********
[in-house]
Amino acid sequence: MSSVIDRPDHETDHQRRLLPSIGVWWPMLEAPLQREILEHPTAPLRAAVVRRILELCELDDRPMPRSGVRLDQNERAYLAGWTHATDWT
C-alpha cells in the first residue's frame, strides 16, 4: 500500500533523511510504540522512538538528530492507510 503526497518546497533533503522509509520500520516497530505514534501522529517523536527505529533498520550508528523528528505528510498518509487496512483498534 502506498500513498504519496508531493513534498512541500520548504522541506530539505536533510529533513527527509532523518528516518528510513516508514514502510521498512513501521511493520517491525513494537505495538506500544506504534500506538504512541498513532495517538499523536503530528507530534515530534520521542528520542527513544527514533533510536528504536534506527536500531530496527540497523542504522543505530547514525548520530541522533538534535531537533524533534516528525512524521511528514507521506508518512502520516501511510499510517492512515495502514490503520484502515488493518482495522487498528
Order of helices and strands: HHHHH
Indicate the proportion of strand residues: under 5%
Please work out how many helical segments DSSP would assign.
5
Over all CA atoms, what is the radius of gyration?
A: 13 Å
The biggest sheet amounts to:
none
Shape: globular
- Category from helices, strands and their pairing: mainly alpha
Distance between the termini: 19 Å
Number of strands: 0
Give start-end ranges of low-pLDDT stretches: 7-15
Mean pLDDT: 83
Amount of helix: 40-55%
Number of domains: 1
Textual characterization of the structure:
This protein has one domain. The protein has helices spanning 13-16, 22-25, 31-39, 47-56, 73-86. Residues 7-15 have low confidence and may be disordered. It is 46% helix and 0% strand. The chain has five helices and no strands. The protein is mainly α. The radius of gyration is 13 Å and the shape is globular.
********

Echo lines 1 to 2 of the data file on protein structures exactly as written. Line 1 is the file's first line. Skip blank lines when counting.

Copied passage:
[in-house]
Amino acid sequence: MSSVIDRPDHETDHQRRLLPSIGVWWPMLEAPLQREILEHPTAPLRAAVVRRILELCELDDRPMPRSGVRLDQNERAYLAGWTHATDWT